RBC report shows housing ownership costs rising
The latest Housing Trends and Affordability Report from RBC Economic Research says the costs of carrying a home in Canada took, on average, more than 50 percent of household income.
“RBC’s affordability measure hasn’t been this bad since 1990,” write the report’s authors, Craig Wright, chief economist and Robert Hogue, senior economist. “The ownership costs to carry a home bought in the second quarter of 2018 would have taken up 53.9 percent of a typical household’s income. This is up sharply from 43.2 percent three years ago.”
Wright and Hogue point their fingers at interest rates and mortgage regulations for the rise in ownership costs.
“Mortgage rates increased in each of the past f our quarters and accounted for the entire rise in RBC’s aggregate measure for Canada over that period,” they write. “Unaffordability is off the charts in Vancouver, Toronto and now Victoria. Interest rates have a big impact in these highpriced markets.”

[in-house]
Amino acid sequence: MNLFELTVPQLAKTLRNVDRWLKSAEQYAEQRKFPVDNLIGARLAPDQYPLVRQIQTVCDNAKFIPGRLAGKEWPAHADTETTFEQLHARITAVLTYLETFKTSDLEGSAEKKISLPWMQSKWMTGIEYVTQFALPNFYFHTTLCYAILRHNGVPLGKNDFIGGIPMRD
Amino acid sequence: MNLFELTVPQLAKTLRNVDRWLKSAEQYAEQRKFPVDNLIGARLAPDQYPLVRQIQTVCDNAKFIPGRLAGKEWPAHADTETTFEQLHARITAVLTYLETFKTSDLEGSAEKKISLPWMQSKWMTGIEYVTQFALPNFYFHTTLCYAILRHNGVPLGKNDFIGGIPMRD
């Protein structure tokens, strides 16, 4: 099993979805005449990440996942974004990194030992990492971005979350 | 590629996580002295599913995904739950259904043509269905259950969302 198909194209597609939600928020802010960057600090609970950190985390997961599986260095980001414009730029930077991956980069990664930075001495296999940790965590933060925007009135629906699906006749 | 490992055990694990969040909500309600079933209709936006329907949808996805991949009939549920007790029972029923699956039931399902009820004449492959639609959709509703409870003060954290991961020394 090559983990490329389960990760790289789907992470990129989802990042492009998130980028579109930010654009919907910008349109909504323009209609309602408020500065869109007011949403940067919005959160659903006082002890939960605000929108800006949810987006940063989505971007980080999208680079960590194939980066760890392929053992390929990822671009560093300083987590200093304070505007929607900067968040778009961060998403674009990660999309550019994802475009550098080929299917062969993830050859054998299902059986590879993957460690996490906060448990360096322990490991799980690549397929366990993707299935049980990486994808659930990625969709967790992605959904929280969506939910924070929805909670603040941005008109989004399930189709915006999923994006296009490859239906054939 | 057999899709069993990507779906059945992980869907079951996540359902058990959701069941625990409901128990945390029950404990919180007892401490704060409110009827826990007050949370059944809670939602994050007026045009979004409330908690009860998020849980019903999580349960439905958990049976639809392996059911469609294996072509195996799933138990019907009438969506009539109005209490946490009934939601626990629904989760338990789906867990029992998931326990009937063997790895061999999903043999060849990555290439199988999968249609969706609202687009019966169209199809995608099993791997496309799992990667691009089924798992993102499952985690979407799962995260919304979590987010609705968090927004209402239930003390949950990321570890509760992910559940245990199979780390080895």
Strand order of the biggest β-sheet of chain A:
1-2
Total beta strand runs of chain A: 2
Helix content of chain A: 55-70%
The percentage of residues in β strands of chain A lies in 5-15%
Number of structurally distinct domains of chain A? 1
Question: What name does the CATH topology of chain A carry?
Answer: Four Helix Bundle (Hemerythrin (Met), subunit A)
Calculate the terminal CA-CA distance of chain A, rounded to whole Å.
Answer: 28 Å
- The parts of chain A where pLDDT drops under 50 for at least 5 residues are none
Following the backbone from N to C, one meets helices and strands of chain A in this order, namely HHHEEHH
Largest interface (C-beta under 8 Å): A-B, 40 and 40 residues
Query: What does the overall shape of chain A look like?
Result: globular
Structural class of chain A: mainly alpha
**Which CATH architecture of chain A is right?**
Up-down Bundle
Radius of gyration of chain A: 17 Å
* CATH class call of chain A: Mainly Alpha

As has been the case for several years, these markets are skewing the national averages in all categories, although affordability deteriorated in all major markets.
In Vancouver, the carrying cost of ownership is 88.4 percent, i n Toronto and in Victoria, 56 percent. In comparison, in Calgary carrying costs took an average of 43.9 percent of household income, in Edmonton 28.4 percent, in Ottawa 38.6 percent and in Montreal 44.1 percent.
The outlook is for more of the same, says Wright and Hogue.
“We expect the Bank of Canada to proceed with further rate hikes that will raise its overnight rate from 1.50 percent currently to 2.25 percent in the first half of 2019. This will keep mortgage rates under upward pressure and boost ownership costs even more across Canada in the period ahead.”
Buyers can escape the rising rates by purchasing before the increase and locking into a fixed rate.